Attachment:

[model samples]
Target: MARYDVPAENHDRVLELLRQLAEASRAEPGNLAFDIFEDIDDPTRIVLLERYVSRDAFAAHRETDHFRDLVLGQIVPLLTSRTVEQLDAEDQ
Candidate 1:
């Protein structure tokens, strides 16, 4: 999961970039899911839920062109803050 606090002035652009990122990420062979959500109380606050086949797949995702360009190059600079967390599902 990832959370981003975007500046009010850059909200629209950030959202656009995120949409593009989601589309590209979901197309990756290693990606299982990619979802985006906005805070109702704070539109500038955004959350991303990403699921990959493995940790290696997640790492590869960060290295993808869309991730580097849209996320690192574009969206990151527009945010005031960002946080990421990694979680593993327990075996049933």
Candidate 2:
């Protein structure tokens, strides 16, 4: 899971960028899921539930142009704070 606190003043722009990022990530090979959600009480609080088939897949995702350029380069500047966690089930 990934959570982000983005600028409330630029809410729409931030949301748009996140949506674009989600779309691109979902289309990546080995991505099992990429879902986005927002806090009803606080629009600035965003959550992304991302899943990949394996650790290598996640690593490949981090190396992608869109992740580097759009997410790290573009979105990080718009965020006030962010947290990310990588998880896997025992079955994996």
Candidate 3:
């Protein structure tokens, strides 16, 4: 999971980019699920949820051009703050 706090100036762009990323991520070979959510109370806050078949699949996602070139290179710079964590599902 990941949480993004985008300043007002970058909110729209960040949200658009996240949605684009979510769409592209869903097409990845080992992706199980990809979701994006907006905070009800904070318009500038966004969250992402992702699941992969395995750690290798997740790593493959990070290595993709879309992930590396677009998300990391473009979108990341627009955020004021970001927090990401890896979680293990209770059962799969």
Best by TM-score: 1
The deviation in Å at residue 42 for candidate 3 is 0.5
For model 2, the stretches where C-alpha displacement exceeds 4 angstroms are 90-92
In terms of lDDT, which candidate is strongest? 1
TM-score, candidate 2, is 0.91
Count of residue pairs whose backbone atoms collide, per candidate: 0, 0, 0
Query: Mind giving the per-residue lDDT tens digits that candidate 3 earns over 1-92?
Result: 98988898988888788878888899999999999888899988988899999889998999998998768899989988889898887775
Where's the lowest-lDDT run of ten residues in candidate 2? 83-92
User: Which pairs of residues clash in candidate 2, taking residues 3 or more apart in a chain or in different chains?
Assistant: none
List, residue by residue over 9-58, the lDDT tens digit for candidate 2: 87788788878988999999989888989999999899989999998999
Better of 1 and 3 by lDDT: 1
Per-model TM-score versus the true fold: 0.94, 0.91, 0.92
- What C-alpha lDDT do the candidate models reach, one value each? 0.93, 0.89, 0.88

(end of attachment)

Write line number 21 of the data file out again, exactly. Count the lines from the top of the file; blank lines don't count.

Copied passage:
Better of 1 and 3 by lDDT: 1